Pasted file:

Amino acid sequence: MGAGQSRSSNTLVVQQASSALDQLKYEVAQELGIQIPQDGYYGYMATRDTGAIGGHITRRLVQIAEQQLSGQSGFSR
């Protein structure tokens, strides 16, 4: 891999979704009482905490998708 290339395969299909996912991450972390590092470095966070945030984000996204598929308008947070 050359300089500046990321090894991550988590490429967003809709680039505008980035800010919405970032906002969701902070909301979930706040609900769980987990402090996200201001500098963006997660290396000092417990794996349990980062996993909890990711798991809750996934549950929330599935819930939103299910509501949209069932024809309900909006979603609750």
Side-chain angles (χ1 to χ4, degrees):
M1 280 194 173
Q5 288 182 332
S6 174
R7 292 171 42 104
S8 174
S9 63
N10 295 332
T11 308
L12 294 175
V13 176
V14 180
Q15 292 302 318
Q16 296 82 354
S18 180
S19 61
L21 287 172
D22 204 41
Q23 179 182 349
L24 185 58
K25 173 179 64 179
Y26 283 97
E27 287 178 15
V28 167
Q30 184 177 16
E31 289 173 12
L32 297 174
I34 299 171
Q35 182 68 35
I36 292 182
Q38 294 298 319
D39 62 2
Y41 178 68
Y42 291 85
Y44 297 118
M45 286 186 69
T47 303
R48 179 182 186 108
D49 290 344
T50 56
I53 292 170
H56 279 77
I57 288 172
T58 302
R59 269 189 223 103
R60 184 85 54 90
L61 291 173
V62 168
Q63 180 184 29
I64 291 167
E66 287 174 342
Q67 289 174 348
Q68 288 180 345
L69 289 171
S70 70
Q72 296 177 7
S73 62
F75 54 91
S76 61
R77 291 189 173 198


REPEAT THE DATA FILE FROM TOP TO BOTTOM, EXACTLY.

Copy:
Amino acid sequence: MGAGQSRSSNTLVVQQASSALDQLKYEVAQELGIQIPQDGYYGYMATRDTGAIGGHITRRLVQIAEQQLSGQSGFSR
């Protein structure tokens, strides 16, 4: 891999979704009482905490998708 290339395969299909996912991450972390590092470095966070945030984000996204598929308008947070 050359300089500046990321090894991550988590490429967003809709680039505008980035800010919405970032906002969701902070909301979930706040609900769980987990402090996200201001500098963006997660290396000092417990794996349990980062996993909890990711798991809750996934549950929330599935819930939103299910509501949209069932024809309900909006979603609750």
Side-chain angles (χ1 to χ4, degrees):
M1 280 194 173
Q5 288 182 332
S6 174
R7 292 171 42 104
S8 174
S9 63
N10 295 332
T11 308
L12 294 175
V13 176
V14 180
Q15 292 302 318
Q16 296 82 354
S18 180
S19 61
L21 287 172
D22 204 41
Q23 179 182 349
L24 185 58
K25 173 179 64 179
Y26 283 97
E27 287 178 15
V28 167
Q30 184 177 16
E31 289 173 12
L32 297 174
I34 299 171
Q35 182 68 35
I36 292 182
Q38 294 298 319
D39 62 2
Y41 178 68
Y42 291 85
Y44 297 118
M45 286 186 69
T47 303
R48 179 182 186 108
D49 290 344
T50 56
I53 292 170
H56 279 77
I57 288 172
T58 302
R59 269 189 223 103
R60 184 85 54 90
L61 291 173
V62 168
Q63 180 184 29
I64 291 167
E66 287 174 342
Q67 289 174 348
Q68 288 180 345
L69 289 171
S70 70
Q72 296 177 7
S73 62
F75 54 91
S76 61
R77 291 189 173 198